• In the clip posted to her Instagram account on Friday, Vivian began by asking, “How much is six inches worth?”
  • Referring to a study conducted by the University of Chicago in 2006 titled “What Makes You Click? — Mate Preferences and Matching Outcomes in Online Dating,” Vivian noted the trade-offs between height and income.
  • The number increases with shorter heights, with men who are 5 feet, for example, needing to make an additional $317,000 in income.
  • Also included in the study are the income-ethnicity trade offs, which shows that for equal chances with a white woman as a white man, an Asian man has to make on average a whopping $247,000 in additional annual income.

Finance influencer Vivian broke down a study on online dating that found shorter men must earn more per year to be seen as desirable as taller men, with the number being even higher for Asian men. 

In the clip posted to her Instagram account on Friday, Vivian, better known by her online handle “Your Rich BFF,” begins by asking, “How much is six inches worth?”

13 Asian and Asian American artists who wowed Coachella 2022 with their dazzling ‘fits

Coachella fits
  • Coachella wouldn’t be what it is without influencers going all out for the yearly festival.
  • Akin to the Met Gala for social media’s most famous, the event has also inspired a number of fun, festive looks from the crowd, shot perfectly for the ‘gram.

From surprise reunions to historic moments in Asian excellence, Coachella 2022 will be a festival to remember. On top of the amazing performances and viral clips, our favorite celebrities of Asian descent wowed festivalgoers and fans alike with dazzling accessories, daring makeup looks and more. 

Of course, Coachella wouldn’t be what it is without influencers going all out for the yearly festival. Akin to the Met Gala for social media’s most famous, the event has also inspired a number of fun, festive looks from the crowd, shot perfectly for the ‘gram.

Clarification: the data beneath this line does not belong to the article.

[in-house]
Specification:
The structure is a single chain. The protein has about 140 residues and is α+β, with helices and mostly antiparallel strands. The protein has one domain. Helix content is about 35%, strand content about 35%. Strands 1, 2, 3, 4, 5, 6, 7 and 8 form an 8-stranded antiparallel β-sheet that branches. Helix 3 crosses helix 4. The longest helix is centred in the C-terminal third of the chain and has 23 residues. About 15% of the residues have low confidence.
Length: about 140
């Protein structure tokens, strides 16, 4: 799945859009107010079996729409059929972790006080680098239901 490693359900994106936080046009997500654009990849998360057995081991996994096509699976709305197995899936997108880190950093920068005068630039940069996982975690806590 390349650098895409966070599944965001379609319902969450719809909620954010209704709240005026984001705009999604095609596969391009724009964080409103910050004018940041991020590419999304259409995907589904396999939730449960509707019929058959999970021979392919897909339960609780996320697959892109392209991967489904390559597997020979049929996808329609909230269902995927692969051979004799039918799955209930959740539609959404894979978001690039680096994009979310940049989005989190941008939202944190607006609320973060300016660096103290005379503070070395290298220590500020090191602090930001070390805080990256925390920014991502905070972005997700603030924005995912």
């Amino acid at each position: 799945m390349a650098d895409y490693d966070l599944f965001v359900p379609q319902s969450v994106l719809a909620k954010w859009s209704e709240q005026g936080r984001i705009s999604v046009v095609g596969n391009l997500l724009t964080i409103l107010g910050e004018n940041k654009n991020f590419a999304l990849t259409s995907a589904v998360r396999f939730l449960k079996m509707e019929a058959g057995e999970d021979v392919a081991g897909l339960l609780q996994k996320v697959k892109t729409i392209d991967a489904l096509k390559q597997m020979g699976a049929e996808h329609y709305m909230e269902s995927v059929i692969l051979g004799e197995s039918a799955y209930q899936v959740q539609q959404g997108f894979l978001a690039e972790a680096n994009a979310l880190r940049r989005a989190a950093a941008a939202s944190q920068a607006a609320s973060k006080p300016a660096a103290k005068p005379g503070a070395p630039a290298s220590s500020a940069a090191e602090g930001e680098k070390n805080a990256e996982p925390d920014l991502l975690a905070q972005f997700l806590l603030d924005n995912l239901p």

‘It’s time to retire’: Beloved Asian grocery store in Salt Lake City closes after 23 years

SOUTHEAST_MARKET
  • Southeast Market, which specializes in Asian food and goods, is closing after 23 years of business.
  • The Salt Lake City-based store offered Chinese and Vietnamese goods in its early days but expanded to provide other Asian products through the years.
  • Amid an ongoing pandemic, the owners noted that it had been “a difficult two years.”
  • The store will hold a clearance sale on Saturday and Sunday with all items marked 40% off.

A beloved Asian grocery store in Salt Lake City is closing its doors after 23 years of service.

Southeast Market, located at 422 E. 900 South, has been a staple in the Liberty Wells neighborhood since 1997, offering goods from a variety of Asian cuisines and cultures.

NYPD looking for man who hit Asian subway rider with hammer after they bumped into each other

nyc subway hammer attack
  • A 29-year-old Asian man was struck in the head with a hammer allegedly after bumping into his unnamed attacker at a Chelsea subway platform.
  • The incident occurred at the 7th Avenue and West 14th Street station on the 1/2/3 line at around 9:15 p.m. on Tuesday.
  • The New York Police Department (NYPD) is now looking for the attacker; however, the investigating NYPD Hate Crimes Task Force has purportedly confirmed the incident was not racially motivated.
  • The attacker is described to be around 30 years old and roughly 6 feet 2 inches tall with a slim build. They were also described as wearing a purple wig, purple lipstick, a red and white jacket, red and white sneakers, blue jeans and carrying a tote bag.